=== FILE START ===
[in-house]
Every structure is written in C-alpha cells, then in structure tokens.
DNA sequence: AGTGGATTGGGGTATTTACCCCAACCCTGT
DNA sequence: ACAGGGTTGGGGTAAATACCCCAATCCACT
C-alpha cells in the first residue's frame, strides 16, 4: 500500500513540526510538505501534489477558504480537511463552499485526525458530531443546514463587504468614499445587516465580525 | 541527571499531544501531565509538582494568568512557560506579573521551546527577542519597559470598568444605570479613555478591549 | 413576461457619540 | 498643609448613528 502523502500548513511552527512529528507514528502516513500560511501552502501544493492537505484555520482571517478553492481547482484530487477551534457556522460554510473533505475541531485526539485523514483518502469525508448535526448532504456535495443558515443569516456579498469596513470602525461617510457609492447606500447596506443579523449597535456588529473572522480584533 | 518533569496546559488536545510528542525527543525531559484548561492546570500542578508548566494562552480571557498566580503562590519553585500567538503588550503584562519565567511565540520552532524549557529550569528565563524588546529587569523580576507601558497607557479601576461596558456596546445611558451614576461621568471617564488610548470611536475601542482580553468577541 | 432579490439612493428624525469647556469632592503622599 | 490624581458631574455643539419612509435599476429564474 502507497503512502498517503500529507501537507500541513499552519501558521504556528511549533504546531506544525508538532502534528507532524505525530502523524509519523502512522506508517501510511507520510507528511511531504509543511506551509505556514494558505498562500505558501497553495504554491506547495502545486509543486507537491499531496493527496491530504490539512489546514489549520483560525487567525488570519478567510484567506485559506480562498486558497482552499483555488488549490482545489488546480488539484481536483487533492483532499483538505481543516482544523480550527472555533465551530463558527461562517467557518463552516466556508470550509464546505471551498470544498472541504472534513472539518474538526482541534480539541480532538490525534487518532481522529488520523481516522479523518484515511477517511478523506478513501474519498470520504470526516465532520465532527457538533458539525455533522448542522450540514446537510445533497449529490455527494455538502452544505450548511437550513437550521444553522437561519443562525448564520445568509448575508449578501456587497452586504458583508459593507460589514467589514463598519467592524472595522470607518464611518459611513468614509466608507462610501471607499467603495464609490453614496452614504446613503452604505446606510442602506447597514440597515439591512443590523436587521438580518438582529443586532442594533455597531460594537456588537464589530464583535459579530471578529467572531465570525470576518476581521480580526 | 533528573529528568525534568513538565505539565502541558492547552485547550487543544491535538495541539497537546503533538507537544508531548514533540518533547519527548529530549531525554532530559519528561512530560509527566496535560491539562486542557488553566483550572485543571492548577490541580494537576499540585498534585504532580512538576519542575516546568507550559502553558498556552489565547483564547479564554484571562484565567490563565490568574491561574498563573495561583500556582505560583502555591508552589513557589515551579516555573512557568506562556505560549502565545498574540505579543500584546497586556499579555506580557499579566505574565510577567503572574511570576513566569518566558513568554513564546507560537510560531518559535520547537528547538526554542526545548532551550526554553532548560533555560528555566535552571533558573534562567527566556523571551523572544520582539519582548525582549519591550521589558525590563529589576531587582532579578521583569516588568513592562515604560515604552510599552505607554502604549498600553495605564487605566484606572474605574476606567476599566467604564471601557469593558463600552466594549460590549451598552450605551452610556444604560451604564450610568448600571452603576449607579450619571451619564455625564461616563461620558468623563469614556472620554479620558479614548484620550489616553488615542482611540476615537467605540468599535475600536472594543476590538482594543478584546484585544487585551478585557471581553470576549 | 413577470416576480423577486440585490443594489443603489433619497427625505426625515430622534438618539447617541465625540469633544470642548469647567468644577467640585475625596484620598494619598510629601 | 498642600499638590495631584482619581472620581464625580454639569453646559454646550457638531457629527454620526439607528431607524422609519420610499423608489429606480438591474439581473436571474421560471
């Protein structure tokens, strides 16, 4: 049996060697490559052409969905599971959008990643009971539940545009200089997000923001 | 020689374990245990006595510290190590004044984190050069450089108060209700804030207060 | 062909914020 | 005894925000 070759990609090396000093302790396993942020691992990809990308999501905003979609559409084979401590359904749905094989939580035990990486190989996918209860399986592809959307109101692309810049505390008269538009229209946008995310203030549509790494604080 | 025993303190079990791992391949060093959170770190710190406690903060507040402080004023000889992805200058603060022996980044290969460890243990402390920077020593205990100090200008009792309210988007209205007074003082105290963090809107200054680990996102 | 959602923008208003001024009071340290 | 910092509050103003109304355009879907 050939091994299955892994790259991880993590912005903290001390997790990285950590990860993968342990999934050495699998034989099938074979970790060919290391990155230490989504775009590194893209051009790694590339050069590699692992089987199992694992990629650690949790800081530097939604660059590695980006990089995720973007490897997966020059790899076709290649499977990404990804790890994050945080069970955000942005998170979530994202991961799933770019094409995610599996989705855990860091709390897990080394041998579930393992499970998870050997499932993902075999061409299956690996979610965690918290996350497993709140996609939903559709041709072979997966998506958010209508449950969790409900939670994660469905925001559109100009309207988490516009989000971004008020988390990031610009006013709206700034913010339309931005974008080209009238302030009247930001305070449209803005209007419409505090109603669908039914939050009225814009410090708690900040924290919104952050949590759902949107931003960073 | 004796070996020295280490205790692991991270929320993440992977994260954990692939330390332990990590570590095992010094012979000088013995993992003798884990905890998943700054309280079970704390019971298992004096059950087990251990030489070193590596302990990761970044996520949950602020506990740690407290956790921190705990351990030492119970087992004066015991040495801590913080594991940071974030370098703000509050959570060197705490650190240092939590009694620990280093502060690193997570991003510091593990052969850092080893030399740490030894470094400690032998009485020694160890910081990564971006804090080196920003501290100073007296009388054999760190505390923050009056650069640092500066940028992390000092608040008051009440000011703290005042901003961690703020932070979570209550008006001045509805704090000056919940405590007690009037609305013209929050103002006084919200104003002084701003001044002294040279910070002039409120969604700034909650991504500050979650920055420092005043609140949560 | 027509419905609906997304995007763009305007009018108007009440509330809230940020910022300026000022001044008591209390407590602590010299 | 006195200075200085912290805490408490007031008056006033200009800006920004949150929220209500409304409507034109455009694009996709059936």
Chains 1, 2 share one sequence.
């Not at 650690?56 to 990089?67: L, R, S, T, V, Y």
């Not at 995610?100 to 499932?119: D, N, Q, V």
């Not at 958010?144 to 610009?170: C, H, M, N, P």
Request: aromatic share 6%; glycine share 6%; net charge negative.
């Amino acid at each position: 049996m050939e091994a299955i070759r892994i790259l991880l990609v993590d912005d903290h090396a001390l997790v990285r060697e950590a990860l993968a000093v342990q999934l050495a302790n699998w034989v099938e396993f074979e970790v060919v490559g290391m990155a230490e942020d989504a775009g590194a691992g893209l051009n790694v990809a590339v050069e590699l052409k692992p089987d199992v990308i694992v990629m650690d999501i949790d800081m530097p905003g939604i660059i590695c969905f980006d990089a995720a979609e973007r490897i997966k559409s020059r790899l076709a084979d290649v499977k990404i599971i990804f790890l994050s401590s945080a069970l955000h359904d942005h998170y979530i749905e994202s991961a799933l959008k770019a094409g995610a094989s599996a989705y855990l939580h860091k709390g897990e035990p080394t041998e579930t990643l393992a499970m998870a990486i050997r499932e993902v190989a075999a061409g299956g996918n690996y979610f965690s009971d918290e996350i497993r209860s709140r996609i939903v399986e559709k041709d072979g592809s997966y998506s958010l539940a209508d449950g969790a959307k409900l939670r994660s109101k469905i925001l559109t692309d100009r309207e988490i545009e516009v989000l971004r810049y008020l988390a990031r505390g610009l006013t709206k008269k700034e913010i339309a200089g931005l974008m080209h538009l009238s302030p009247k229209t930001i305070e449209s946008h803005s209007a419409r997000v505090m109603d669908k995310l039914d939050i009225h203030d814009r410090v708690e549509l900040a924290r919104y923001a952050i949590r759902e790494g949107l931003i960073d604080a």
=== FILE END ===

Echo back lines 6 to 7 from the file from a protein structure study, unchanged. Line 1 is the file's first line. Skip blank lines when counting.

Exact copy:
């Protein structure tokens, strides 16, 4: 049996060697490559052409969905599971959008990643009971539940545009200089997000923001 | 020689374990245990006595510290190590004044984190050069450089108060209700804030207060 | 062909914020 | 005894925000 070759990609090396000093302790396993942020691992990809990308999501905003979609559409084979401590359904749905094989939580035990990486190989996918209860399986592809959307109101692309810049505390008269538009229209946008995310203030549509790494604080 | 025993303190079990791992391949060093959170770190710190406690903060507040402080004023000889992805200058603060022996980044290969460890243990402390920077020593205990100090200008009792309210988007209205007074003082105290963090809107200054680990996102 | 959602923008208003001024009071340290 | 910092509050103003109304355009879907 050939091994299955892994790259991880993590912005903290001390997790990285950590990860993968342990999934050495699998034989099938074979970790060919290391990155230490989504775009590194893209051009790694590339050069590699692992089987199992694992990629650690949790800081530097939604660059590695980006990089995720973007490897997966020059790899076709290649499977990404990804790890994050945080069970955000942005998170979530994202991961799933770019094409995610599996989705855990860091709390897990080394041998579930393992499970998870050997499932993902075999061409299956690996979610965690918290996350497993709140996609939903559709041709072979997966998506958010209508449950969790409900939670994660469905925001559109100009309207988490516009989000971004008020988390990031610009006013709206700034913010339309931005974008080209009238302030009247930001305070449209803005209007419409505090109603669908039914939050009225814009410090708690900040924290919104952050949590759902949107931003960073 | 004796070996020295280490205790692991991270929320993440992977994260954990692939330390332990990590570590095992010094012979000088013995993992003798884990905890998943700054309280079970704390019971298992004096059950087990251990030489070193590596302990990761970044996520949950602020506990740690407290956790921190705990351990030492119970087992004066015991040495801590913080594991940071974030370098703000509050959570060197705490650190240092939590009694620990280093502060690193997570991003510091593990052969850092080893030399740490030894470094400690032998009485020694160890910081990564971006804090080196920003501290100073007296009388054999760190505390923050009056650069640092500066940028992390000092608040008051009440000011703290005042901003961690703020932070979570209550008006001045509805704090000056919940405590007690009037609305013209929050103002006084919200104003002084701003001044002294040279910070002039409120969604700034909650991504500050979650920055420092005043609140949560 | 027509419905609906997304995007763009305007009018108007009440509330809230940020910022300026000022001044008591209390407590602590010299 | 006195200075200085912290805490408490007031008056006033200009800006920004949150929220209500409304409507034109455009694009996709059936």
Chains 1, 2 share one sequence.